– the transfer is under the law; or
– it is necessary to protect the vital interests of the data owner or any person when such a data owner cannot give their consent.
Under the Relevant Legislation, there is no specific obligation to report a Personal Data breach to a supervisory authority or data subject. There is, however, a general obligation under the PDPA, which does apply.
In the case of a Personal Data breach under the PDPA, the Data Controller must notify the PDPC of the breach, except where the Personal Data breach is unlikely to risk individuals’ rights and freedoms. In addition, a Personal Data breach must be notified to the PDPC without delay and, where feasible, no later than 72 hours after becoming aware of the breach. The requirements of this notification, including its exceptions, will be further published in supplemental regulation(s) of the PDPC.
Under the PDPA, if a Personal Data breach is likely to result in a high risk to data subject rights and freedoms, the Data Controller must notify the breach data subjects and the PDPC.
The Relevant Legislation and Patient Declaration specify that the personal information of patients, including minors, provided to the medical practitioner must be confidential. Such personal information shall only be disclosed upon patients’ consent or to comply with a medical practitioner’s legal obligations, beneficial to patients.
In addition, each patient has a lawful right to request information regarding their medical treatment as it appears in the medical record. Such information must be ordered per the hospital’s procedures and should not infringe on other person’s personal information and rights. The rights of minors shall be exercised by their parents or legal guardian as mentioned in section 2.1.1. above.
Concerning the PDPA, the following rights are provided to each data subject:
– right to erasure: a data subject has the right to request for their personal information to be deleted unless exceptions apply;
– right to be informed: a data subject has the right to be informed of specific information relating to the collection and processing of Personal Data;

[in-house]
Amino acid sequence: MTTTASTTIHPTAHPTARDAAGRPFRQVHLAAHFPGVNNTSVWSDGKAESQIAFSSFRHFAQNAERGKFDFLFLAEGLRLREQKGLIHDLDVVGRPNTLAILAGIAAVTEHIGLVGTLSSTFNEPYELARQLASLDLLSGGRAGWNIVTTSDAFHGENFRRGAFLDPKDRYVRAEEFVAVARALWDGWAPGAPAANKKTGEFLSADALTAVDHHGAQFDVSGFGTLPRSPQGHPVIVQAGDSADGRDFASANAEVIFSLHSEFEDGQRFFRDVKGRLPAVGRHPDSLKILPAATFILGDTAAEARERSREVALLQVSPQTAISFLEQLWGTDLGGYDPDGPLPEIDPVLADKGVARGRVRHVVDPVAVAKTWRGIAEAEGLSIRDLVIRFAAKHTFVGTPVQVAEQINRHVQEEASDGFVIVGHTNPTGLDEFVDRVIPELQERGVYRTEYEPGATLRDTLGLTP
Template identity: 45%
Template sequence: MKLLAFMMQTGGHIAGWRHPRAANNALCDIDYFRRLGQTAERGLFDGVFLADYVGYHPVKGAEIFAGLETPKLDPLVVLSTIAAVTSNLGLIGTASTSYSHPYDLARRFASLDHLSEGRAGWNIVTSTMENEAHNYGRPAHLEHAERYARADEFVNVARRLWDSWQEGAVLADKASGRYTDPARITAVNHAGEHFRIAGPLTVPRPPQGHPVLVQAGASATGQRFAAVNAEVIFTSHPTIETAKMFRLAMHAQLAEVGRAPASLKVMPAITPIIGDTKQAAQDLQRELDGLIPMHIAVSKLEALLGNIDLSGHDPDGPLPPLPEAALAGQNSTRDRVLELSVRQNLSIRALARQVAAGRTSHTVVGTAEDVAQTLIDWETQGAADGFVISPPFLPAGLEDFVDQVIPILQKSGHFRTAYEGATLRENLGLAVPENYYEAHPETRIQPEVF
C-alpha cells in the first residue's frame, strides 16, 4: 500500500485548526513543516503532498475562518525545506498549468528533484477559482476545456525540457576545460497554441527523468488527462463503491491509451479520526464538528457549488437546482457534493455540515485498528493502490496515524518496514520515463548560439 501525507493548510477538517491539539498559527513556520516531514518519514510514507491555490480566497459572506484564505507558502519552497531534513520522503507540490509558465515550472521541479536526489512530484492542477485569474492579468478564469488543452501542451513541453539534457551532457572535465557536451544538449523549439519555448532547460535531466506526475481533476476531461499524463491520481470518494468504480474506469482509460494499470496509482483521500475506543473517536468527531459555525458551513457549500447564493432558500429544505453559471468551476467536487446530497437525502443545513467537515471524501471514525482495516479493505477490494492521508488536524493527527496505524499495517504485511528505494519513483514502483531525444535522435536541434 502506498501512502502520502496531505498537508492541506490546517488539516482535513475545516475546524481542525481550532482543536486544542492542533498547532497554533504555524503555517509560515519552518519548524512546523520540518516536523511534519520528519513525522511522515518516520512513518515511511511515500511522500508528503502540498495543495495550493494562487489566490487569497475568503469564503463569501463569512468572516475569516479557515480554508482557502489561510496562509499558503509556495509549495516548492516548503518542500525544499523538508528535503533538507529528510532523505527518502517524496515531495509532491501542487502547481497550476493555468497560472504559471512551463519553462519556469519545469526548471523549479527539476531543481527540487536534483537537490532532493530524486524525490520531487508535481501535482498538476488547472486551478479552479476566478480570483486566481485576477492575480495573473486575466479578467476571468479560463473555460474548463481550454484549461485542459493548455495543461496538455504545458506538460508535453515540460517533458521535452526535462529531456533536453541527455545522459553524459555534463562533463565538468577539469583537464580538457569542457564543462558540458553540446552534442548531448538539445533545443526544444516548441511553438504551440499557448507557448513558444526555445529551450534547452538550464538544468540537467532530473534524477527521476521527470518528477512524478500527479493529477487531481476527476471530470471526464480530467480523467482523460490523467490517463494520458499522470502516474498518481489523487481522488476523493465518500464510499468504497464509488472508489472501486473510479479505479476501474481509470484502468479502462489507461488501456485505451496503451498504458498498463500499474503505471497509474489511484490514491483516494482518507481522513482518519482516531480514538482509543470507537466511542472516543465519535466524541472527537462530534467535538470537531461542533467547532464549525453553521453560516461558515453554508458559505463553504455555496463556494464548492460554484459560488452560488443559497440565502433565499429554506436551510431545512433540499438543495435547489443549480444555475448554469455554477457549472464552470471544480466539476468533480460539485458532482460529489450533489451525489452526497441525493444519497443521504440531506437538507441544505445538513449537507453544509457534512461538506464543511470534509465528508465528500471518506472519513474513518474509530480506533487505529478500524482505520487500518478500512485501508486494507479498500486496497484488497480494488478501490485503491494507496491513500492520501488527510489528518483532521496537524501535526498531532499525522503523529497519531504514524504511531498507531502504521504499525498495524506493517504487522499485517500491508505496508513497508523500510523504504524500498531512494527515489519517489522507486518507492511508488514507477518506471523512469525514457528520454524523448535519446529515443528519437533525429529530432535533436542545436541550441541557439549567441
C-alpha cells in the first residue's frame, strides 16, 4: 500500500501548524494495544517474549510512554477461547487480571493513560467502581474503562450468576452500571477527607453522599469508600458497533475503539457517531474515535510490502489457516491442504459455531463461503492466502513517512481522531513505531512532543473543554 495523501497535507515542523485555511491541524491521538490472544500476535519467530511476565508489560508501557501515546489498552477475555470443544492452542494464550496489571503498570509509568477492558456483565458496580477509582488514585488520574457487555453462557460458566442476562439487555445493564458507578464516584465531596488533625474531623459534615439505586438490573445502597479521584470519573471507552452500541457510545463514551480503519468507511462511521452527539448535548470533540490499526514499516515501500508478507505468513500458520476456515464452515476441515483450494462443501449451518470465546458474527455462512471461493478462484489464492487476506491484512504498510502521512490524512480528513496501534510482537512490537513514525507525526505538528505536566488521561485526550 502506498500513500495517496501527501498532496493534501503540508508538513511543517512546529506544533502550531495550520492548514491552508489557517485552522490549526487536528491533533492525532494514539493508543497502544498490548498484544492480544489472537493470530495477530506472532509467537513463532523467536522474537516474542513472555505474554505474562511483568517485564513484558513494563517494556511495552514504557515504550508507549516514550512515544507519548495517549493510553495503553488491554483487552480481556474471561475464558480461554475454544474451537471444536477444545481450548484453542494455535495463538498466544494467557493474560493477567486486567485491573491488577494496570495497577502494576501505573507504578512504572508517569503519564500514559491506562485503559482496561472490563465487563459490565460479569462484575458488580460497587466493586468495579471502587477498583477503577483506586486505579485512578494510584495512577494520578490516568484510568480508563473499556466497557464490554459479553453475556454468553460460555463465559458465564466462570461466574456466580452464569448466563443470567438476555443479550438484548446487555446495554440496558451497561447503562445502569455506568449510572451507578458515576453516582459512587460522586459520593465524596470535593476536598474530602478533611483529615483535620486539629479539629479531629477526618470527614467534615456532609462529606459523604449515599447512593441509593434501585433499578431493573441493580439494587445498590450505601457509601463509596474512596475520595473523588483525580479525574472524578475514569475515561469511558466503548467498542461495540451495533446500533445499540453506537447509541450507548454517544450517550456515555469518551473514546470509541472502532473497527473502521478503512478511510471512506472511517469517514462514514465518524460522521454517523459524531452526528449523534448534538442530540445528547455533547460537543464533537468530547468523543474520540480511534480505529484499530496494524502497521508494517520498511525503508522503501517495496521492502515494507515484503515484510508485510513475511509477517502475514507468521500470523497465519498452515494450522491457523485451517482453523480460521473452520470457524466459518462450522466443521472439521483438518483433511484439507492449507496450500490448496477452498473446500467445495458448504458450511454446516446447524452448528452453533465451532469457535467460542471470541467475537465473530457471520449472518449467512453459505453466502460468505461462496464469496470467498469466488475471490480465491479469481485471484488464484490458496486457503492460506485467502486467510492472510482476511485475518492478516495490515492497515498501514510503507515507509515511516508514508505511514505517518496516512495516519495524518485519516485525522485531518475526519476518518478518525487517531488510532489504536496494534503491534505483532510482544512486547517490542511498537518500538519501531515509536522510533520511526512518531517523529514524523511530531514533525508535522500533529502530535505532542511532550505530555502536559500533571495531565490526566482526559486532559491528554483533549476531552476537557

– right to object: a data subject may object to processing their Personal Data and withdraw their consent to the processing at any time;
– right to access: a data subject has the right to access their Personal Data that has been collected and processed by a Data Controller; and
– right to data portability: Data subjects have the right to receive their Personal Data in a structured, commonly used, and machine-readable format and transmit such data to third parties.
The right of a deceased person is not recognized under the Relevant Legislation, the PDPA, or the Patient Declaration.
In addition, as mentioned in section 2.1.1., to collect patient Personal Data, a Data Controller must provide:
However, there are cases where a Data Controller must disclose information about processing their Personal Data without obtaining patient consent, such as where the collection is to prevent or suppress damage to patient life, body, and health.
Under the Relevant Legislation, if medical practitioners breach their medical ethics in retaining patient Personal Data, they shall be subject to criminal or monetary penalties or disciplinary action, such as having their practitioner license suspended or revoked. As another example, a sanatorium licensee who discloses patient personal information without being duly authorized shall be imprisoned for up to one year or fined up to THB 20,000 (approx. €550).
As for penalties under the PDPA, if there is non-compliance, imprisonment of one year or a fine up to THB 1 million (approx. €27,500) shall be imposed. Furthermore, the PDPA also provides authority for a competent court to increase the amount of compensation by up to double the actual damages at the court’s discretion as punitive damages. In addition, the authority may issue an administrative fine of up to THB 5 million (approx. US$135,500) (which is subject to the severity of the circumstances) for non-compliance.
The information herein is general and should not be used as legal advice.
For more information, don’t hesitate to get in touch with John Formichella at firstname.lastname@example.org or Naytiwut Jamallsawat at email@example.com.